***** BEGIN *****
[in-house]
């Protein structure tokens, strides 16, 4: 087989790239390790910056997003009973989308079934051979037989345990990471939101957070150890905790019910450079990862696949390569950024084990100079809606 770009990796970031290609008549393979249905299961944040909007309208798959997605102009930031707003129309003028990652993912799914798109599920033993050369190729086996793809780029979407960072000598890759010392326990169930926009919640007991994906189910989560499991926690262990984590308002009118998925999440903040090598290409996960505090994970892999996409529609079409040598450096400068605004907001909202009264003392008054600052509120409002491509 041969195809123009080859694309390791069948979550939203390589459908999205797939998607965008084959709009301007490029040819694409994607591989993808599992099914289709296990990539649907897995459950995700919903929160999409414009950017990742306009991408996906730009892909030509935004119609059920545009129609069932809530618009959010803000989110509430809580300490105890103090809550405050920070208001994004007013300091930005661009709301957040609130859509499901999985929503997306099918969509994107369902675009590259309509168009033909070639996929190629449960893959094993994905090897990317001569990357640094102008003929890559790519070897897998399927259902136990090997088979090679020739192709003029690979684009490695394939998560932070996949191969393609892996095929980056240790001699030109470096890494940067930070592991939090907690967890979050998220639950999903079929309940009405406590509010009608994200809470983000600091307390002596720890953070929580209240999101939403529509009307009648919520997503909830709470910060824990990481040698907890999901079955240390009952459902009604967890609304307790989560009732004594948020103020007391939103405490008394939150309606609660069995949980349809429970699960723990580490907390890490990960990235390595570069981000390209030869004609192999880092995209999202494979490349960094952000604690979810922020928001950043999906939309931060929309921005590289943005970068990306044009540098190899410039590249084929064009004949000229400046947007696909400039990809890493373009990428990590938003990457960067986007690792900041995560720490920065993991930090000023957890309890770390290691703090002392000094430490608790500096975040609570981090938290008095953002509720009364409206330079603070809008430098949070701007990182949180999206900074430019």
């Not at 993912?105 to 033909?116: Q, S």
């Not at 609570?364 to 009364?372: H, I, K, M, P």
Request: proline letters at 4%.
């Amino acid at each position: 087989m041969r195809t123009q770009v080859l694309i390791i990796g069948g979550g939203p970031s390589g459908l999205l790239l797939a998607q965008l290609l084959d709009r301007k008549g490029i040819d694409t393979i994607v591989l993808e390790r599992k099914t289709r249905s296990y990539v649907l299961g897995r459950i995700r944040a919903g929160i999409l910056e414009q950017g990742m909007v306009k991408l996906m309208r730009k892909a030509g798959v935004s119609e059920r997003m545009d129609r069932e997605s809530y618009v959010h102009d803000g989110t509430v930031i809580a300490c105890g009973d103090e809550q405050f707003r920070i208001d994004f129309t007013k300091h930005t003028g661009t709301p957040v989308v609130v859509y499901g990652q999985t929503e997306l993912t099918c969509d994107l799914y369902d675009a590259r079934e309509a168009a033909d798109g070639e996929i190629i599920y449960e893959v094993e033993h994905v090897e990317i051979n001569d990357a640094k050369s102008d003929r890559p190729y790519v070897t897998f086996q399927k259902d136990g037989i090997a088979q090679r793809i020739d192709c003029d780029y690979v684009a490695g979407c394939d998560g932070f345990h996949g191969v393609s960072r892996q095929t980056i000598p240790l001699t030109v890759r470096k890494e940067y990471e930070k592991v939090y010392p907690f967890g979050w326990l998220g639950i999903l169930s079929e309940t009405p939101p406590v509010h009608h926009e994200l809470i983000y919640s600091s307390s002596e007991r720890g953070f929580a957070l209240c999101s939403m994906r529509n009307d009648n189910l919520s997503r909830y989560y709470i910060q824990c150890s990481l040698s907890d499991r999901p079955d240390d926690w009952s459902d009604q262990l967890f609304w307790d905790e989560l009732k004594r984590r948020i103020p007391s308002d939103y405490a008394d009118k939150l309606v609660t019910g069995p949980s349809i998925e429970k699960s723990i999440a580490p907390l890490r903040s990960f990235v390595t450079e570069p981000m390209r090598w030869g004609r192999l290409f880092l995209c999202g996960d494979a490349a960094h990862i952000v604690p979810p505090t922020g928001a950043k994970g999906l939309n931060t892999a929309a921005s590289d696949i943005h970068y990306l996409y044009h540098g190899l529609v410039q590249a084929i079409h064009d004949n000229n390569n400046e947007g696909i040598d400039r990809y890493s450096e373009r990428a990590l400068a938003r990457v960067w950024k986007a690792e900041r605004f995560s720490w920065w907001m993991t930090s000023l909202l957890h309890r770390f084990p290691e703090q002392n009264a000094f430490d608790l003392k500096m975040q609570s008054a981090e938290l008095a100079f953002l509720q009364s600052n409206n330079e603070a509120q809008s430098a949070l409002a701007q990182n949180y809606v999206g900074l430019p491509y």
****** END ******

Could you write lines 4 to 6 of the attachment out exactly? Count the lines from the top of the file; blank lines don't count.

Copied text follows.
């Not at 609570?364 to 009364?372: H, I, K, M, P």
Request: proline letters at 4%.
């Amino acid at each position: 087989m041969r195809t123009q770009v080859l694309i390791i990796g069948g979550g939203p970031s390589g459908l999205l790239l797939a998607q965008l290609l084959d709009r301007k008549g490029i040819d694409t393979i994607v591989l993808e390790r599992k099914t289709r249905s296990y990539v649907l299961g897995r459950i995700r944040a919903g929160i999409l910056e414009q950017g990742m909007v306009k991408l996906m309208r730009k892909a030509g798959v935004s119609e059920r997003m545009d129609r069932e997605s809530y618009v959010h102009d803000g989110t509430v930031i809580a300490c105890g009973d103090e809550q405050f707003r920070i208001d994004f129309t007013k300091h930005t003028g661009t709301p957040v989308v609130v859509y499901g990652q999985t929503e997306l993912t099918c969509d994107l799914y369902d675009a590259r079934e309509a168009a033909d798109g070639e996929i190629i599920y449960e893959v094993e033993h994905v090897e990317i051979n001569d990357a640094k050369s102008d003929r890559p190729y790519v070897t897998f086996q399927k259902d136990g037989i090997a088979q090679r793809i020739d192709c003029d780029y690979v684009a490695g979407c394939d998560g932070f345990h996949g191969v393609s960072r892996q095929t980056i000598p240790l001699t030109v890759r470096k890494e940067y990471e930070k592991v939090y010392p907690f967890g979050w326990l998220g639950i999903l169930s079929e309940t009405p939101p406590v509010h009608h926009e994200l809470i983000y919640s600091s307390s002596e007991r720890g953070f929580a957070l209240c999101s939403m994906r529509n009307d009648n189910l919520s997503r909830y989560y709470i910060q824990c150890s990481l040698s907890d499991r999901p079955d240390d926690w009952s459902d009604q262990l967890f609304w307790d905790e989560l009732k004594r984590r948020i103020p007391s308002d939103y405490a008394d009118k939150l309606v609660t019910g069995p949980s349809i998925e429970k699960s723990i999440a580490p907390l890490r903040s990960f990235v390595t450079e570069p981000m390209r090598w030869g004609r192999l290409f880092l995209c999202g996960d494979a490349a960094h990862i952000v604690p979810p505090t922020g928001a950043k994970g999906l939309n931060t892999a929309a921005s590289d696949i943005h970068y990306l996409y044009h540098g190899l529609v410039q590249a084929i079409h064009d004949n000229n390569n400046e947007g696909i040598d400039r990809y890493s450096e373009r990428a990590l400068a938003r990457v960067w950024k986007a690792e900041r605004f995560s720490w920065w907001m993991t930090s000023l909202l957890h309890r770390f084990p290691e703090q002392n009264a000094f430490d608790l003392k500096m975040q609570s008054a981090e938290l008095a100079f953002l509720q009364s600052n409206n330079e603070a509120q809008s430098a949070l409002a701007q990182n949180y809606v999206g900074l430019p491509y």